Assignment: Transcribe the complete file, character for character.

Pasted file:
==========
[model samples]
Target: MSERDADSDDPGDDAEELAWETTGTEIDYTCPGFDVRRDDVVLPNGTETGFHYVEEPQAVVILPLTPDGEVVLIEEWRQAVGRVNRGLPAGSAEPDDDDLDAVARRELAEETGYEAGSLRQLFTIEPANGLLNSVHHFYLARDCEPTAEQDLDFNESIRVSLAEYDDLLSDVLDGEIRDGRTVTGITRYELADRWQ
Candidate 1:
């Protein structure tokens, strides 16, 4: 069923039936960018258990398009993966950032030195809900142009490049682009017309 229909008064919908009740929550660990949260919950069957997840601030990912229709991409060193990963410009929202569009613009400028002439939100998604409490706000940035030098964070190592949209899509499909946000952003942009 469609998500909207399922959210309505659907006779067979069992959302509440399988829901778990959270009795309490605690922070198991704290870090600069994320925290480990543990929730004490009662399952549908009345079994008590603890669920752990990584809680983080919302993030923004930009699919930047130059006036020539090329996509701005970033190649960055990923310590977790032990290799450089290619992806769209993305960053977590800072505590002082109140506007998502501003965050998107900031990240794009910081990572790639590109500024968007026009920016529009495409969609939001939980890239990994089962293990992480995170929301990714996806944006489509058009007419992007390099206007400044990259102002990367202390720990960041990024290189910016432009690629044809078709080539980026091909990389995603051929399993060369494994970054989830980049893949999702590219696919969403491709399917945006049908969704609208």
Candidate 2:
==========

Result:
[model samples]
Target: MSERDADSDDPGDDAEELAWETTGTEIDYTCPGFDVRRDDVVLPNGTETGFHYVEEPQAVVILPLTPDGEVVLIEEWRQAVGRVNRGLPAGSAEPDDDDLDAVARRELAEETGYEAGSLRQLFTIEPANGLLNSVHHFYLARDCEPTAEQDLDFNESIRVSLAEYDDLLSDVLDGEIRDGRTVTGITRYELADRWQ
Candidate 1:
């Protein structure tokens, strides 16, 4: 069923039936960018258990398009993966950032030195809900142009490049682009017309 229909008064919908009740929550660990949260919950069957997840601030990912229709991409060193990963410009929202569009613009400028002439939100998604409490706000940035030098964070190592949209899509499909946000952003942009 469609998500909207399922959210309505659907006779067979069992959302509440399988829901778990959270009795309490605690922070198991704290870090600069994320925290480990543990929730004490009662399952549908009345079994008590603890669920752990990584809680983080919302993030923004930009699919930047130059006036020539090329996509701005970033190649960055990923310590977790032990290799450089290619992806769209993305960053977590800072505590002082109140506007998502501003965050998107900031990240794009910081990572790639590109500024968007026009920016529009495409969609939001939980890239990994089962293990992480995170929301990714996806944006489509058009007419992007390099206007400044990259102002990367202390720990960041990024290189910016432009690629044809078709080539980026091909990389995603051929399993060369494994970054989830980049893949999702590219696919969403491709399917945006049908969704609208």
Candidate 2: